You’ve probably heard of the term glyphosate before, but, do you know how this toxic substance impacts the well-being of not only your animals, but, of your entire family and the planet?
Glyphosate is, by far, the most widely used herbicide in the world.
Pronounced “gly-pho-sate,” this chemical is the predominant ingredient in the widely available Roundup.
Glyphosate can be found in more than 700 agriculture, forestry and home products. It was created and patented in the 70’s by Monsanto. By 2005, its use had increased by more than 1500 percent.
The United States leads the world, next to Brazil, for highest use.
If you live in the United States, it’s almost impossible to avoid glyphosate exposure and its alarming impact on you, your animals and all life forms. If you live in the European Union, you still have the risk of contamination if you eat beef from countries using glyphosate, like Argentina, or if you eat certain mainstream brands of ice cream. In the EU, the general use of glyphosate was just banned for another five years. It’s not a perfect ban, but, a lot better than what we have in place in the USA.
If glyphosate is so prevalent in our everyday products, how is it used?
Glyphosate is a herbicide used on farms to kill ‘weeds’ or unwanted plants of any sort. It was first patented as a broad spectrum anti-parasitic and antibiotic to treat malaria. It is the active ingredient in making GMO crops ‘RoundUp Ready’, meaning RoundUp may be used generously on GMO crops without killing those crops, only the so-called weeds that are competing for surrounding nutrients.
Big marketing has promoted glyphosate as a powerful, stand-alone weed killer or combined with GMO crops as the perfect team for improved crop yields. But this marketing hasn’t matched reality as yields have not increased.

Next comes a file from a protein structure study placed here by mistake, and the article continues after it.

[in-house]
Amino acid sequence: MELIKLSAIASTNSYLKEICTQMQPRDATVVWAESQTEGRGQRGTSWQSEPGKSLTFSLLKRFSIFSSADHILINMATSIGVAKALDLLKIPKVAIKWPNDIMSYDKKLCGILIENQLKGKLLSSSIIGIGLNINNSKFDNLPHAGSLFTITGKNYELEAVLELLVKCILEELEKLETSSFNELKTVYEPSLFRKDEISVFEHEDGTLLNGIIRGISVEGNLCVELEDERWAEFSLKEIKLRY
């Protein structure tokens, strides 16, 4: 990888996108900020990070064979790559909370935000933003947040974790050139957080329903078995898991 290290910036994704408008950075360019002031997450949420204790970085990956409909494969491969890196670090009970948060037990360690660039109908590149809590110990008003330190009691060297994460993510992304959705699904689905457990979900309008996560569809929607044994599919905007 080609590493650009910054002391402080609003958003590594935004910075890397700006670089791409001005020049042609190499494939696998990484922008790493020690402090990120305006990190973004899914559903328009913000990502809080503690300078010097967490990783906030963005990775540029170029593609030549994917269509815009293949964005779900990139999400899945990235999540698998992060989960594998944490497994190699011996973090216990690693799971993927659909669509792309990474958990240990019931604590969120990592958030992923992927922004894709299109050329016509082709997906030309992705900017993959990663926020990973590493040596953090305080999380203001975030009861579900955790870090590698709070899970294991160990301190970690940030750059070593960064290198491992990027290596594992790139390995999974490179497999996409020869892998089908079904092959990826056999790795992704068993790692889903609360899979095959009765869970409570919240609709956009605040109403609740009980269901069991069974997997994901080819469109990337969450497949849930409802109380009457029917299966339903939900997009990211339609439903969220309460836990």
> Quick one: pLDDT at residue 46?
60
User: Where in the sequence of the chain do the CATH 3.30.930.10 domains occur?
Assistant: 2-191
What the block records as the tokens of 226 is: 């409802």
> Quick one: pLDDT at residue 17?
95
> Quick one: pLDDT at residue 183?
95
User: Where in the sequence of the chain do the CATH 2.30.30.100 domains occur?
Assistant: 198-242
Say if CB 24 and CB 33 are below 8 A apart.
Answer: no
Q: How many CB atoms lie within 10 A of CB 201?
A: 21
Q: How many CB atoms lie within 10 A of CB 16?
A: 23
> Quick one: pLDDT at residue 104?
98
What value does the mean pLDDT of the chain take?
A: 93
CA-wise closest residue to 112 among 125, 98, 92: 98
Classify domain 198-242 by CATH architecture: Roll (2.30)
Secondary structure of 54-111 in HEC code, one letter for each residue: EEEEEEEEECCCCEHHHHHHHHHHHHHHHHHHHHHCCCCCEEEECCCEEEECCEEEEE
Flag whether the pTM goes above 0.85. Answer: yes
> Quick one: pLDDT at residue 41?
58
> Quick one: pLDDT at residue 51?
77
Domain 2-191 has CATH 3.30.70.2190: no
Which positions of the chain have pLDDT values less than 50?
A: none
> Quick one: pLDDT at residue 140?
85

So, the deeper question is: why would anyone use these products if the yield did not increase?
I think of glyphosate as a generic plant killer. The weed-killer euphemism is really language used to justify its use to kill any unwanted plants. Having plants between endless rows of corn, soy, wheat, and other crops are considered “unwanted weeds.”
This is where the war starts.
When glyphosate became available as Roundup to “control” bothersome plant life in gardens and public parks, it also increased your own and your animals’ exposure.
Even more dangerous is the combo-wombo formula with 2,4-D (one of the ingredients in Agent Orange, the carcinogenic defoliant of the Vietnam war) known as the Enlist Duo that’s sprayed on genetically modified crops including soy, corn and cotton.
Another area of massive glyphosate use in our environment is as a desiccant for crops like wheat, insuring all parts of the crop are ready for harvest at one time, making for a more efficient harvest. You might wonder whether or not this use of glyphosate on wheat could be associated with the epidemic of gluten intolerance. Is it really glyphosate intolerance?
Glyphosate and genetically modified organisms (GMOs) go hand-in-hand.
About 80% of the world’s GMO crops are adapted to be glyphosate-resistant, or “Roundup-Ready,” allowing them to survive while all other plants around them die.
Another addition to the Roundup formula is a surfactant agent which increases its adhesion to the plant, decreasing the ability to wash it off. The surfactant has been estimated to make it about 1000 times more toxic. Residual estimates the amount of time it stays in the soil is somewhere between 23-25 years.